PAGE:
Everything you can’t help because it’s part of your nature is no way to go through life, but that’s the way most people feel obliged.
Cam, for instance, hated the water. »I never learned how to swim«, he explained, illustrating with the windmill sweep of his arms the manner by which he would probably drown.
»Big deal«, Jil said. Twelve years old and cloaked ambiguously in a tutu, she steered Cam back upstairs. »I’ve seen ’em kick people out of the adult beginners class for spoutin’ at the shallow end without a single warning. All you gotta do is be able to change into trunks – and you can do that, right? Your mom took you in the locker room when you were little and showed you everything?«
»My mother«, Cam sighed, and the pain in his dormant foot became active again, active and lapidary – an electric, many voiced, synthetic choir.
»Hmm..?« Jil’s dad said. The visor of his motorcycle helmet tilted back, Mr. Anderson was standing in the entry shuffling through the stack of mail, his eyes alert for any fresh bright prospect of winning another million dollar sweepstakes.
»Dad, this here’s… what’s your name again?«
»Cam«, Cam apologized.
»At least that part’s true – but, dad! You wouldn’t believe what a liar this guy is! Plus he always calls me Jill, and won’t bet about getting kicked out of the pool!«
Mr. Anderson jerked off his helmet. Standing in strands, his tomato red hair appeared rescued from the neighbor’s compost. »Hmm..?« he reiterated. He ripped open a letter addressed to his wife from the municipal park and recreation department.
»And he’s the worst kind of liar – the kind you can get to believe anything! Like I told him mom had to rush out to the airport to get some family remains repatriated, and that was the only way to make him stop looking at our basement!«
Re: — Mr. Anderson read — suspension of swimming pool privileges. »Well that’s just fine, honey«.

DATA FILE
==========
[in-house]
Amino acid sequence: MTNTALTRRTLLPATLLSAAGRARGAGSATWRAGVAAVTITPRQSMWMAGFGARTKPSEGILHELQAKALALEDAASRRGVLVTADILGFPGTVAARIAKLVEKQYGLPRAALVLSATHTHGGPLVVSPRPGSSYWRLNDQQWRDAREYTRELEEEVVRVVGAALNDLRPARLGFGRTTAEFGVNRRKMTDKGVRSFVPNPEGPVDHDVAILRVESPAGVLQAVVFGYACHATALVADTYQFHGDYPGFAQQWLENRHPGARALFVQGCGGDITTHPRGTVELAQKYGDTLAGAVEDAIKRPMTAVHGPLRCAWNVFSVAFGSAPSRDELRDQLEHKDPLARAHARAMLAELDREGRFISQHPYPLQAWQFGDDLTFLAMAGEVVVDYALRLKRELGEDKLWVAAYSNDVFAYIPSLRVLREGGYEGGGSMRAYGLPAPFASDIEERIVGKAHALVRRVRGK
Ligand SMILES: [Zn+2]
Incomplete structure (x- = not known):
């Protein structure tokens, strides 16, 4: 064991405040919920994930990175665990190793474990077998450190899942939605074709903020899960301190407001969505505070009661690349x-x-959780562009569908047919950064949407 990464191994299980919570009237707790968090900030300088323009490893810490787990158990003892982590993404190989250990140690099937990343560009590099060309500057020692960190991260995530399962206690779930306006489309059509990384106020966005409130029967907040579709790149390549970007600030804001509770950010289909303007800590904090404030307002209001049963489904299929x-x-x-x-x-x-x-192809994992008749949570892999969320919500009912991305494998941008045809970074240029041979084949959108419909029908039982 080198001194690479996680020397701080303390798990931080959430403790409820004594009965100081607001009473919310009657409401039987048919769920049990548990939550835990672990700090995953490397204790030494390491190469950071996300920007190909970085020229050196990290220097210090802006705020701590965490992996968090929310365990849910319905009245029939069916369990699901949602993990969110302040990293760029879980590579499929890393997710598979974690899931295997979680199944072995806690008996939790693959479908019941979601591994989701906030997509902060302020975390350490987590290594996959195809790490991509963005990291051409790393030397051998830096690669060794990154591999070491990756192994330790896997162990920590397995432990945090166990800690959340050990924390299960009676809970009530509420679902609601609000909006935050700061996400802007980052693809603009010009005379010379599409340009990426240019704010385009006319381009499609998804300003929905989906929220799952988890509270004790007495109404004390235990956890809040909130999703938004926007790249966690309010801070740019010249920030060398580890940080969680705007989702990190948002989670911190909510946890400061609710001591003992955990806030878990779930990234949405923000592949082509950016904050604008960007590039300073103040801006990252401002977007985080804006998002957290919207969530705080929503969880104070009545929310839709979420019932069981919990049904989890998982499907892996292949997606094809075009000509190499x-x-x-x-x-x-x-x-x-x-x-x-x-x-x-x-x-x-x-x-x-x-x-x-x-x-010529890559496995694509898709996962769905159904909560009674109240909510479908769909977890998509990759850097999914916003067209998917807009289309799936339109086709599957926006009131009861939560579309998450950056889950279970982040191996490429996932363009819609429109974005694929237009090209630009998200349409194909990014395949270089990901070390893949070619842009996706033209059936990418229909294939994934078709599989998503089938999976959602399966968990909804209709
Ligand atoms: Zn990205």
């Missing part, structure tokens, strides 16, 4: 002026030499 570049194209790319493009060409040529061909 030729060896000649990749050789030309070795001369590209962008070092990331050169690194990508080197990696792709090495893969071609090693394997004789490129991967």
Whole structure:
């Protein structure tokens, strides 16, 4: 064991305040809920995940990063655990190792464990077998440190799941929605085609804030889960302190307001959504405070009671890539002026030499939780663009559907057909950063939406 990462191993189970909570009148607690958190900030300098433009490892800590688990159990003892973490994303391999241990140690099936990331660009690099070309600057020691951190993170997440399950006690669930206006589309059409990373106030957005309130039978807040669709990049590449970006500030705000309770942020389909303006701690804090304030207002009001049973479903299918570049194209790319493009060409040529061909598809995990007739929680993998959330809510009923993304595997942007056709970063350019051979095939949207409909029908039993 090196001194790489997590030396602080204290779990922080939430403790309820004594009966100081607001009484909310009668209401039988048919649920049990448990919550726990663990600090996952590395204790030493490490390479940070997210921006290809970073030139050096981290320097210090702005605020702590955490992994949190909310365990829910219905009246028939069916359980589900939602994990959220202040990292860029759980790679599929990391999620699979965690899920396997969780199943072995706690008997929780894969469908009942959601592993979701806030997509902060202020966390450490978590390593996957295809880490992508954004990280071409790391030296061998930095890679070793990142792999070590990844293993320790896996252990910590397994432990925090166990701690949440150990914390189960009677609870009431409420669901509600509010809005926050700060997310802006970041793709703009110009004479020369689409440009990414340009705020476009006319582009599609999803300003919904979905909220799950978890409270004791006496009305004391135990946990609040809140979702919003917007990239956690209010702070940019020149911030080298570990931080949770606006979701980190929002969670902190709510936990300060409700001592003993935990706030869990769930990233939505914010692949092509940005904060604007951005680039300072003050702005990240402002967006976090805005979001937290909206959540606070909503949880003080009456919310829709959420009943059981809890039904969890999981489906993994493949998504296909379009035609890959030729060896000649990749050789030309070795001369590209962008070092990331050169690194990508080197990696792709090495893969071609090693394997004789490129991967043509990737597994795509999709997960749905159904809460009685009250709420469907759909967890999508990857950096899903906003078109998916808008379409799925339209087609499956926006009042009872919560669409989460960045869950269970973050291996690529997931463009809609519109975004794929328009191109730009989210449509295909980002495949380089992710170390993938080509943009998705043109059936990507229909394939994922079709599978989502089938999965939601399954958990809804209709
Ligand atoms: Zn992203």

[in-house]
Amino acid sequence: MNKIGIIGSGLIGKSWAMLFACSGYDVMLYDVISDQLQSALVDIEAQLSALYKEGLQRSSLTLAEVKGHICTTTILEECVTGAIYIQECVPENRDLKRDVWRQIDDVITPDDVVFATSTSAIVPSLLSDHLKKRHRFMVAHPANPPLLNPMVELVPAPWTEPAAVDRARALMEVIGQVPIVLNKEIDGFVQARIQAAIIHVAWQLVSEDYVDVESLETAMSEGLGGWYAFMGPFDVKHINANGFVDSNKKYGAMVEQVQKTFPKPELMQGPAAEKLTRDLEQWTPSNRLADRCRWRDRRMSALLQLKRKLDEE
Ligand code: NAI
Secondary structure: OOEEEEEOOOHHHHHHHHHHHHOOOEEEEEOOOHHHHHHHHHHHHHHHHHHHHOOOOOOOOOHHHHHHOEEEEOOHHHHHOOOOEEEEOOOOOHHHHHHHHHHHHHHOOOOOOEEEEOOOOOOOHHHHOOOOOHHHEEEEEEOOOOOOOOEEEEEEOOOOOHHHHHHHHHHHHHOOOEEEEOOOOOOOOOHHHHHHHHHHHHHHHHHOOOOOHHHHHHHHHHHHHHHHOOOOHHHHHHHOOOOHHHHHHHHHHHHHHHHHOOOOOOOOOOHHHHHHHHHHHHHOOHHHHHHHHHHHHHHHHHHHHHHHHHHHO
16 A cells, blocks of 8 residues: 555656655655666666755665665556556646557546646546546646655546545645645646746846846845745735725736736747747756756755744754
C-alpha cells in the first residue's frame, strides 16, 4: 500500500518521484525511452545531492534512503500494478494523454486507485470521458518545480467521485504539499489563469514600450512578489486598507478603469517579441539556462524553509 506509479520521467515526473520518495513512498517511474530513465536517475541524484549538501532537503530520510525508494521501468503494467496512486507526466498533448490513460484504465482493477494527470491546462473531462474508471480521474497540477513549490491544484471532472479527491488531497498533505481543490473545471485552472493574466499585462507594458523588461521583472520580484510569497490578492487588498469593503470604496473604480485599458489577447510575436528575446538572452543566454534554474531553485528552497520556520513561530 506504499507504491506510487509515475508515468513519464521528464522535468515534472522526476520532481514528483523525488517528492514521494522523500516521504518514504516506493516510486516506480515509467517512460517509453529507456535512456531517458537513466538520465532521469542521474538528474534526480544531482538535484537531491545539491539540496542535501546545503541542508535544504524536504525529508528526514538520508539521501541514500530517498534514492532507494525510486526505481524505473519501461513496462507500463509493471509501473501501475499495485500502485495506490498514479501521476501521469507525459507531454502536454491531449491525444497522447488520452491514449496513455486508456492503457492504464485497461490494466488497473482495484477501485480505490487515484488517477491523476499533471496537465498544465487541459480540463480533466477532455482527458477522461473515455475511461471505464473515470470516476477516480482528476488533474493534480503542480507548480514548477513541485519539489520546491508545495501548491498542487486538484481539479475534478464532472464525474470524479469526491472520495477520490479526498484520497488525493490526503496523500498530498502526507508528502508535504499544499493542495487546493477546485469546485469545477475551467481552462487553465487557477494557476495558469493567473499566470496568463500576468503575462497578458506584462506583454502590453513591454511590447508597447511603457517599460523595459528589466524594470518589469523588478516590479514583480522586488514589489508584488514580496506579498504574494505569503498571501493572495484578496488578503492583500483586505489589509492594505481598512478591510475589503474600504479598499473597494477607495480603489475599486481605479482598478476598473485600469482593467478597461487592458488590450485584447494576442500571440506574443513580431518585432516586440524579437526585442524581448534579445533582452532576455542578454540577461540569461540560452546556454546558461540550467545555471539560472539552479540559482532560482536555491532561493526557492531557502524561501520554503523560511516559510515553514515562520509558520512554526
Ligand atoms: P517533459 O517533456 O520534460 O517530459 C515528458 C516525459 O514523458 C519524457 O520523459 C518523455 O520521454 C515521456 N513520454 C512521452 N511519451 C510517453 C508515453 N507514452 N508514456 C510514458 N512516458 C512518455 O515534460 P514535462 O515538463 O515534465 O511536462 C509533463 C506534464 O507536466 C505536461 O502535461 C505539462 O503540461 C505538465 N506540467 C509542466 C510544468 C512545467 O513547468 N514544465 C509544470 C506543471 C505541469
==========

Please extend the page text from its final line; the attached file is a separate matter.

»When really she raced off to spa because Veranda grunked the sink again«.
Cam, filling up with his secret nature, yawned. Providentially, his every thought contained a clandestine compartment where he could always hide, as well as a clever pullout couch where he could, if need be, spend the night. Sickly and privileged, Cam had grown up in an educated tour bus where his parents, both punk musicians, had yelled about everything. At a tender young age Cam had learned how to avoid all manner of gripe: remotely anguished by anything, he could simply stalk to the medicine pouch and help himself to a handful of the green/orange ones.
Mr. Anderson glanced up from the official letter to smile absently at his probable daughter. »Today’s Tuesday?«
Jil stamped her foot. »Dad, did’ja even hear me?«
»Of course I heard you, honey. This man’s here to pour something down the sink. Some family remains grunked it up«.
»Meist allchrity!« Jil exclaimed, a small store of her seaman’s language spilling out into the open. »It’s pants down and croaks to the wind trying to get anything across to you! This guy wants to buy the house!«